Dining in the Bosnian Diaspora

House salad with shrimp and Nina's bear sandwich, Old World Mediterranean, Concord NH. Photo: Alexis Simpson

House salad with shrimp and Nina’s bear sandwich, Old World Mediterranean, Concord NH

A couple of months ago, a news item from the St. Louis Bosnian community caught my eye. It said that three siblings from St. Louis’s Grbić family had appeared on the Food Network’s contest show “Guy’s Grocery Games” and won. (The episode is here.) It was great to see Bosnian culinary wisdom and expertise getting some of the recognition it deserves. Hey, even Guy Fieri knows good burek when he sees it now.

Every time I visit Bosnia-Herzegovina, I get my fill of fresh, flavorful salads, sandwiches, soups, and sweets. When I’m back in the States, I get my fix anywhere I can, and in recent years I’ve had phenomenal meals at Bosnian-owned restaurants across the country: Toasters in Salt Lake City, Restaurant Sarajevo in Chicago, Balkan Bistro — now FIG — in Charlottesville VA, and Sabur in Somerville MA.

My latest finds, thanks to my parents and my wife, are Balkan Dining (in Buffalo NY) and Old Europe Mediterranean Fine Dining (in Concord NH). My parents found Balkan Dining months ago and have been back several times since for the mixed meat plate, šopska salad (chopped cucumber, tomato, cucumber, and feta), chicken noodle soup, and homemade desserts (they recommend the baklava and the cakes).

My wife has made Old Europe a regular lunch stop on the days she’s working at the New Hampshire state house. At Old Europe, Nina Mujaković and Emin Halilović have produced her new favorite meal, the house salad with shrimp (pictured). Just as important, Nina and Emin give her a chance to catch her breath, collect her thoughts, and feel rejuvenated before getting back to work. It’s been a welcome infusion of Bosnian life and rhythm into an otherwise long and dreary New England winter.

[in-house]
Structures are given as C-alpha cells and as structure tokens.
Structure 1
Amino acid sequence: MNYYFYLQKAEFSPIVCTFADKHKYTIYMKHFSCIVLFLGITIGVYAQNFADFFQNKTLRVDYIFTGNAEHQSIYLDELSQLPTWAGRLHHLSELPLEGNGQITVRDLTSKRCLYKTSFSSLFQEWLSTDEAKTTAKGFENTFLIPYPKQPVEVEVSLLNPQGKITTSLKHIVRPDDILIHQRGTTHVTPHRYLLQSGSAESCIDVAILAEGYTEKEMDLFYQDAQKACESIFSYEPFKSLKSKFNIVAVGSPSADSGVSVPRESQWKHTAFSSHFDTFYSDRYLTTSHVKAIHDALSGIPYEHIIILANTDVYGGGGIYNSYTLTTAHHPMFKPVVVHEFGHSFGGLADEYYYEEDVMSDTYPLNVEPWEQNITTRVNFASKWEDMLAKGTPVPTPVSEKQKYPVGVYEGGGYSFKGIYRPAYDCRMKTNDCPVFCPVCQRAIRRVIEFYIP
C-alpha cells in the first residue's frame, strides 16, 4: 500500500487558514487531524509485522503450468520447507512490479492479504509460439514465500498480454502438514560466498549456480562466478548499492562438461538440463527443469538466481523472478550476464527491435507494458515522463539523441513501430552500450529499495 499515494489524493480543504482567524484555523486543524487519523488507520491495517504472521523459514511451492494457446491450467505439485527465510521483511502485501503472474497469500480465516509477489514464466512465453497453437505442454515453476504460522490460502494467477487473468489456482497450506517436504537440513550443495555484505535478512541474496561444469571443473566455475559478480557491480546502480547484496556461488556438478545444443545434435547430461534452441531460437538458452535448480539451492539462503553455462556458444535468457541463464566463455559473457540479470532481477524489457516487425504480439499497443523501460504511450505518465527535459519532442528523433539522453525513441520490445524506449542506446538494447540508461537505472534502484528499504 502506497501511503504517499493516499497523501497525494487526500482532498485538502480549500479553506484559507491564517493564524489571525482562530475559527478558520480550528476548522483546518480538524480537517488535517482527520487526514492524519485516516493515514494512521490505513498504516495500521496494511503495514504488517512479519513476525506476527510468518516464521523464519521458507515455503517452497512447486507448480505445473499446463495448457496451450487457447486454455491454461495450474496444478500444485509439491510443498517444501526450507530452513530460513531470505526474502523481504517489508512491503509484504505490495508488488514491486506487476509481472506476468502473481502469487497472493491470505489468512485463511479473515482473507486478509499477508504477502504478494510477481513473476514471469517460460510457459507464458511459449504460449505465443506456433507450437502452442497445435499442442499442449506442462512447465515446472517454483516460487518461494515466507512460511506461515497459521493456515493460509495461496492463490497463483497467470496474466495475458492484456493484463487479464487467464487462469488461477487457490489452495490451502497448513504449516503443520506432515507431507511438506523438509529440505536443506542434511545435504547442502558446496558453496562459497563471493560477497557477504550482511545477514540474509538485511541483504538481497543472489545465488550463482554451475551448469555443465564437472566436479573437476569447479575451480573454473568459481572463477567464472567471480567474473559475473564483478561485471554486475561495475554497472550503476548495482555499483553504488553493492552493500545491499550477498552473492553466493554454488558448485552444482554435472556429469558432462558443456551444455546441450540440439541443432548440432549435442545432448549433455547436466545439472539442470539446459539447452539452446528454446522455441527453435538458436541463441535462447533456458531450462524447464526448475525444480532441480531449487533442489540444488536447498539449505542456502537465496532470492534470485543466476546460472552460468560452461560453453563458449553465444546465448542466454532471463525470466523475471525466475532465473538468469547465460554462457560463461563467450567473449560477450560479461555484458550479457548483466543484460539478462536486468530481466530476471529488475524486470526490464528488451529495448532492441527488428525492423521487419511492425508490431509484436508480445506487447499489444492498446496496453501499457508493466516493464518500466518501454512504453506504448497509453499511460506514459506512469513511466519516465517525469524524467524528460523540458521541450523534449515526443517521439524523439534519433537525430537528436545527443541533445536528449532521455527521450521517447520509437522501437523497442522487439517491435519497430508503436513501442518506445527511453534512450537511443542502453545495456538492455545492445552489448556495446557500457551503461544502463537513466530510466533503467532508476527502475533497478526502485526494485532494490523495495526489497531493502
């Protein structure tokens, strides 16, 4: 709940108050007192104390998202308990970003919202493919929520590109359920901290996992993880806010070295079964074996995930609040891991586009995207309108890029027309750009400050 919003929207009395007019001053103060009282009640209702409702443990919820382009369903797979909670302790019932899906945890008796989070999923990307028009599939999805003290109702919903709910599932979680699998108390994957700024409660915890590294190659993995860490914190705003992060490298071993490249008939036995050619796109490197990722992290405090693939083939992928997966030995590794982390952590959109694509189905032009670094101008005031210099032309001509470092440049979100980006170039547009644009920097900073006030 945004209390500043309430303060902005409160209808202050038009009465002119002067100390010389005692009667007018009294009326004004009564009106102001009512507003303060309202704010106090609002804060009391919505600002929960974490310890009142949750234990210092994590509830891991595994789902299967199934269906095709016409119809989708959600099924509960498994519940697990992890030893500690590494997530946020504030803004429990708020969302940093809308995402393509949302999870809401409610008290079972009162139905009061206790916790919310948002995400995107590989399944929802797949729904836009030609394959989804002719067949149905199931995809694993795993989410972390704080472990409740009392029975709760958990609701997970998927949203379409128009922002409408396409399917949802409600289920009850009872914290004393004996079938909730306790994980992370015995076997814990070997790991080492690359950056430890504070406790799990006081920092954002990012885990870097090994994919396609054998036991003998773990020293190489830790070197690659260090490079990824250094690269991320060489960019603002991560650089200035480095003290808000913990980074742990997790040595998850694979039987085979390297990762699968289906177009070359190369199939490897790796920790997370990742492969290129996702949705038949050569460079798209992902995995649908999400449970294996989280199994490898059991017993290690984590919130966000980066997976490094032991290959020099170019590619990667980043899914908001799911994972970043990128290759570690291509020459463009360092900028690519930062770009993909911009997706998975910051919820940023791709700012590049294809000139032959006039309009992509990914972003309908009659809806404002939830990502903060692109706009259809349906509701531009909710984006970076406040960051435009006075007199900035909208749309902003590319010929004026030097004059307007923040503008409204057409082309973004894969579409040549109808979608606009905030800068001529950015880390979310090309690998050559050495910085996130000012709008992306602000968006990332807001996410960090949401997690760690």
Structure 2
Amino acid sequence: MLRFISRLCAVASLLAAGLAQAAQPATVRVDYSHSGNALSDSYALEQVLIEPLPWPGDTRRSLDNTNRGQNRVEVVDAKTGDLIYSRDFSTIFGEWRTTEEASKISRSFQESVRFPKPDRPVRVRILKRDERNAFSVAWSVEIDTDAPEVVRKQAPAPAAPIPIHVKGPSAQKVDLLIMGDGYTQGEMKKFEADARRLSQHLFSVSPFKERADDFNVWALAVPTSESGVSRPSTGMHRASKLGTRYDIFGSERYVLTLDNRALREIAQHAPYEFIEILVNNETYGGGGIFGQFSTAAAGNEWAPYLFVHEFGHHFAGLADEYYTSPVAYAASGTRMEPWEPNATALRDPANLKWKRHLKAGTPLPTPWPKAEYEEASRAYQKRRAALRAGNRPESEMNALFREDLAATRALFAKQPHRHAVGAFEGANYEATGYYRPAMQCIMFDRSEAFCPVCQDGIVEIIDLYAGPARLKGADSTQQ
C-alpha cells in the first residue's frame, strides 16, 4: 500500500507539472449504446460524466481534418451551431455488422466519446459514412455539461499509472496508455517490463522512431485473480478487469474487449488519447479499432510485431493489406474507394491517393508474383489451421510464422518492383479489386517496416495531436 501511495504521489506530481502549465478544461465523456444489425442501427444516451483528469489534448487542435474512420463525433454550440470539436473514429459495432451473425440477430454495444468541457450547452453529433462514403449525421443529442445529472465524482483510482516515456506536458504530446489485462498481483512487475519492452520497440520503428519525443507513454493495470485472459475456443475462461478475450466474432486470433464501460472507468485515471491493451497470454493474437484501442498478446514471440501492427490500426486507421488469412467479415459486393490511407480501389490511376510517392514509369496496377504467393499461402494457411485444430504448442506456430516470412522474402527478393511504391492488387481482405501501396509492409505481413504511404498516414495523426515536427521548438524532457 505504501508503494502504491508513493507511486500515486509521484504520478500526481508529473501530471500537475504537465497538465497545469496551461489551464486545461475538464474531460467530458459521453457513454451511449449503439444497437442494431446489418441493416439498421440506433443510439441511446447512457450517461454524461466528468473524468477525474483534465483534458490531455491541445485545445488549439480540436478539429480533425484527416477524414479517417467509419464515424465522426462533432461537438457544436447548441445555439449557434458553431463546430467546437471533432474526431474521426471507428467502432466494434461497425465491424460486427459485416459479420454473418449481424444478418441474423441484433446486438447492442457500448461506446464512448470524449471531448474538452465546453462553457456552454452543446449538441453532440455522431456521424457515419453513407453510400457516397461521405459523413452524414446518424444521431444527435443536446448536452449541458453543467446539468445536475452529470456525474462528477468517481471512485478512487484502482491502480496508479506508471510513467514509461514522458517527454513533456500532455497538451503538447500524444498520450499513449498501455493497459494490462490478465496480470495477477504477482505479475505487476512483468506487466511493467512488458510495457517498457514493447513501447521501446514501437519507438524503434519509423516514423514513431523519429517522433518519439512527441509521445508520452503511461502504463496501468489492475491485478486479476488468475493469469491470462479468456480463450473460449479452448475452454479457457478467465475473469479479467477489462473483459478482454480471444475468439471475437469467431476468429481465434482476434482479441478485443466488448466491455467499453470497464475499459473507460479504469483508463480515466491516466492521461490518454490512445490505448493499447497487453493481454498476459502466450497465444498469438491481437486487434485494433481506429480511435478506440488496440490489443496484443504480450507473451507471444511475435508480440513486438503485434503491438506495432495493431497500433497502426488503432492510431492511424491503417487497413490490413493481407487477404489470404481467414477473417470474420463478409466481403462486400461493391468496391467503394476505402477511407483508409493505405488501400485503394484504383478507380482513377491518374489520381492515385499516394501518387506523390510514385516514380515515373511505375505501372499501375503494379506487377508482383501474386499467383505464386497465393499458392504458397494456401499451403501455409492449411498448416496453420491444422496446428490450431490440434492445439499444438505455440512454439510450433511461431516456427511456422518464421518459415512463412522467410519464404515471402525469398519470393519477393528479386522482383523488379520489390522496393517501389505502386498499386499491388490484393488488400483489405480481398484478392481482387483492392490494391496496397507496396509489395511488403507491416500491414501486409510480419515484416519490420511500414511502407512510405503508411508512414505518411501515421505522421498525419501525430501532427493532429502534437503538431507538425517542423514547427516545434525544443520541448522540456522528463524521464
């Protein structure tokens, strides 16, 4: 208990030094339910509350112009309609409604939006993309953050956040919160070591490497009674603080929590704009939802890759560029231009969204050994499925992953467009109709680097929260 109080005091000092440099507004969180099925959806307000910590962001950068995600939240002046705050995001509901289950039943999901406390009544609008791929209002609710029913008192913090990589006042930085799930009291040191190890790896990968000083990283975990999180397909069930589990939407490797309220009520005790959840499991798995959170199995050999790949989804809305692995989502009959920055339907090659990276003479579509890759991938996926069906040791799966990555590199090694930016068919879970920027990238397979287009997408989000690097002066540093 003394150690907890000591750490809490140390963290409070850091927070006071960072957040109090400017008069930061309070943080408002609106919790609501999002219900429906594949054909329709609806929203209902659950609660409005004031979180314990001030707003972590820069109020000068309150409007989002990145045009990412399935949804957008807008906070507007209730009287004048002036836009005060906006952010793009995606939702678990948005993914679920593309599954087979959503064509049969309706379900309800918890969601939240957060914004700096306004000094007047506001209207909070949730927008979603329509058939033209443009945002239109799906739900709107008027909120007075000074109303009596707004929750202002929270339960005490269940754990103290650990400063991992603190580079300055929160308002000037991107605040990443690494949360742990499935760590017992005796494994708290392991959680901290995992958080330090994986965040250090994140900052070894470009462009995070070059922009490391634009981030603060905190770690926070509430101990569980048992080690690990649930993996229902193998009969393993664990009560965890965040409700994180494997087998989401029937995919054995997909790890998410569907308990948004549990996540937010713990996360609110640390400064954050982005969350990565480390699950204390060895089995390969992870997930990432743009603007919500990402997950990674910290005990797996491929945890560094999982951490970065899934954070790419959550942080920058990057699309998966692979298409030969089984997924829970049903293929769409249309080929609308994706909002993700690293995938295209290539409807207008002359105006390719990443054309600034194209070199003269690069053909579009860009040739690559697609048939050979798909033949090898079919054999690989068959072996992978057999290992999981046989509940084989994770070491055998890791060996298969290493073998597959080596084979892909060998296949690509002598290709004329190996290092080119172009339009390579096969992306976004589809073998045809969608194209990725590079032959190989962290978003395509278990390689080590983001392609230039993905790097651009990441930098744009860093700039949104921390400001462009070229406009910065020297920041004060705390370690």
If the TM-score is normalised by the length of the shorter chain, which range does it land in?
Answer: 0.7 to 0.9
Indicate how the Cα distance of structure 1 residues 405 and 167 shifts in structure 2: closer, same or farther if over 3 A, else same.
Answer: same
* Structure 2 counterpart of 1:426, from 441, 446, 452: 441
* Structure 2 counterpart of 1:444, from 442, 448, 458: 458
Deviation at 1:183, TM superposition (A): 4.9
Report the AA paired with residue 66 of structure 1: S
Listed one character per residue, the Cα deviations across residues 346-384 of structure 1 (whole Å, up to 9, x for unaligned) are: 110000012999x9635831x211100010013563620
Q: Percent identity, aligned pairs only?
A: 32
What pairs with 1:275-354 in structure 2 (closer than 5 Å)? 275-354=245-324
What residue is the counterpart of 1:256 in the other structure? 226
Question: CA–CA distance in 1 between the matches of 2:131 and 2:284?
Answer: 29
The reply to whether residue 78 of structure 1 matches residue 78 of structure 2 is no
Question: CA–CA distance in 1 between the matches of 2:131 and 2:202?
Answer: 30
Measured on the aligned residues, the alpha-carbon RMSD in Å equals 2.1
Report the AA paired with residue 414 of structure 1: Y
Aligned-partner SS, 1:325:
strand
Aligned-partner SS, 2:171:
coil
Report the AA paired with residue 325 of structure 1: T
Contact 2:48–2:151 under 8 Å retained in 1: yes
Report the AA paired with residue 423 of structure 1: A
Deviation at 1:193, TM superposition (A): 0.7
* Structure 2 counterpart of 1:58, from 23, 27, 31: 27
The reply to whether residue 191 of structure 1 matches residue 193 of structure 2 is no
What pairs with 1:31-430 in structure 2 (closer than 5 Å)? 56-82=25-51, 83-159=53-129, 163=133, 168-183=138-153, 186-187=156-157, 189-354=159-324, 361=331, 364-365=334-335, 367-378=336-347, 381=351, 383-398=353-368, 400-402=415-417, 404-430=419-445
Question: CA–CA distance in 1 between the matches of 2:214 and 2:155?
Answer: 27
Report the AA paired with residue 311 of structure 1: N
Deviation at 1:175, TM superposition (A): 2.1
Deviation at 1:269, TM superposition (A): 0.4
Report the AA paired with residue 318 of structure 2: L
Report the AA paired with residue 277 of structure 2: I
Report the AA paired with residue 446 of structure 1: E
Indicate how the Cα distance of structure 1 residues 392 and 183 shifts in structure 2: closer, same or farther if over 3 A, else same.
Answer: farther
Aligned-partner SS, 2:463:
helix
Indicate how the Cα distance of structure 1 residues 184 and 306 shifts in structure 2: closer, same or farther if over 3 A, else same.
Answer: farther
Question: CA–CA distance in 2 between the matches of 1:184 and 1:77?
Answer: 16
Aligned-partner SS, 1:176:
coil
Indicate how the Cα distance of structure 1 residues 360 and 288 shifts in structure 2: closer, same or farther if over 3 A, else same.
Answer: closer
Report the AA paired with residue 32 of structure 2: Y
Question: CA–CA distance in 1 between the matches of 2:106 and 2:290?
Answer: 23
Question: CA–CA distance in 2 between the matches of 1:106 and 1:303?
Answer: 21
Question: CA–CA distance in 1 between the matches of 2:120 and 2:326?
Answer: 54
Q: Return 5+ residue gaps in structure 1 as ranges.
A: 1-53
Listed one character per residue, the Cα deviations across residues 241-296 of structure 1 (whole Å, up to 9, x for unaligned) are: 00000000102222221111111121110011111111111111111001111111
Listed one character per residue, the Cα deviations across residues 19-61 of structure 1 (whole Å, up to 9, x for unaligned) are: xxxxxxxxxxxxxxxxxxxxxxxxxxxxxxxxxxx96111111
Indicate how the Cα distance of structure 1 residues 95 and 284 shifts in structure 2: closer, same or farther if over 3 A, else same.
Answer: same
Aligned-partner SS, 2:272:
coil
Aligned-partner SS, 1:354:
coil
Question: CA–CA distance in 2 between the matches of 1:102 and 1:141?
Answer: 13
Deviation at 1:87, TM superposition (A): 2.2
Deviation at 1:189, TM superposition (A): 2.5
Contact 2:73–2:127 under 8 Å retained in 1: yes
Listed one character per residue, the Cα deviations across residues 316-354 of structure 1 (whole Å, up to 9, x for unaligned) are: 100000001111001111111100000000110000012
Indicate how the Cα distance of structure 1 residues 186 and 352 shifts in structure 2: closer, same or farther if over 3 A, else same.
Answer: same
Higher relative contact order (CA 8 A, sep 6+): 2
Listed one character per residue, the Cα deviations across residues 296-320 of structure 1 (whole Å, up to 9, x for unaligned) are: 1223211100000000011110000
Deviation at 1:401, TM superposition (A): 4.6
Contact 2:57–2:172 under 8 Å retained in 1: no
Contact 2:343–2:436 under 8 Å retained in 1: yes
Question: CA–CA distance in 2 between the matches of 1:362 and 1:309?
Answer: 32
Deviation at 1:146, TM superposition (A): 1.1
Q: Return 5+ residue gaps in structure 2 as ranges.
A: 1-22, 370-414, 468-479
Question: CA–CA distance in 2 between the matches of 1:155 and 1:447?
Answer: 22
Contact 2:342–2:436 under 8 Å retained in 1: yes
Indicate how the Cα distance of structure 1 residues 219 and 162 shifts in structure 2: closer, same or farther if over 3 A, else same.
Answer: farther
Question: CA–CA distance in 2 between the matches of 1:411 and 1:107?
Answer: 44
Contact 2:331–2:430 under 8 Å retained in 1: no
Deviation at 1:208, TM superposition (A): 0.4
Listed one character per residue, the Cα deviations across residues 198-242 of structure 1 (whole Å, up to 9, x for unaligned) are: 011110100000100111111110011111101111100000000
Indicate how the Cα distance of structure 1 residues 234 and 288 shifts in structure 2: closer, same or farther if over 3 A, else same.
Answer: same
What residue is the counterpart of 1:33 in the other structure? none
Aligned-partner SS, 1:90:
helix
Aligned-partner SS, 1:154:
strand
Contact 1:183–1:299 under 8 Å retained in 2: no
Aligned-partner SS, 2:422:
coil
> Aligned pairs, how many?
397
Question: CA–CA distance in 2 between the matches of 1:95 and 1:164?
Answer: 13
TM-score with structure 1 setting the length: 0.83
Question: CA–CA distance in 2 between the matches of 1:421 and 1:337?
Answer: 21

When we ate together at Old World for the first time yesterday, I took Nina’s recommendation to try her “bear sandwich” (also pictured) of feta, tomato, and basil on a pain rustique. It was her favorite as a child with a finicky palate, she says, and I can see why. Emin made me a mean Turkish coffee (two, actually), and I can’t wait to get back to combine a meal with a trip to their new international fresh market / grab-and-go shop next door, Nina’s Pantry.

About Tom Simpson

Tom Simpson teaches religion, ethics, philosophy, and human rights at Phillips Exeter Academy in Exeter, NH. He is the author of *American Universities and the Birth of Modern Mormonism, 1867-1940* (University of North Carolina Press, 2016) and nonfiction essays about Bosnia for the Canadian literary magazine *Numero Cinq*. Born in 1975 in Olean, NY, he earned the Ph.D. in religious studies from the University of Virginia, where he specialized in American religious history. He writes, teaches, and lectures about religion in America, popular culture, Mormonism, and Bosnia. He lives in Exeter with his partner, Alexis Simpson, and their two children.
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2 Responses to Dining in the Bosnian Diaspora

  1. Rick Simpson says:

    Great to see Balkan Dining mentioned here, Tom–a big favorite of ours, as you say. And we can’t wait to try Old Europe. Smiles here in anticipation. — Dad and Mom

  2. Simpson, Richard says:

    Hey, Tom,

    Great new WSW post on the Bosnian restaurants. Loved seeing it.

    Dad ________________________________________

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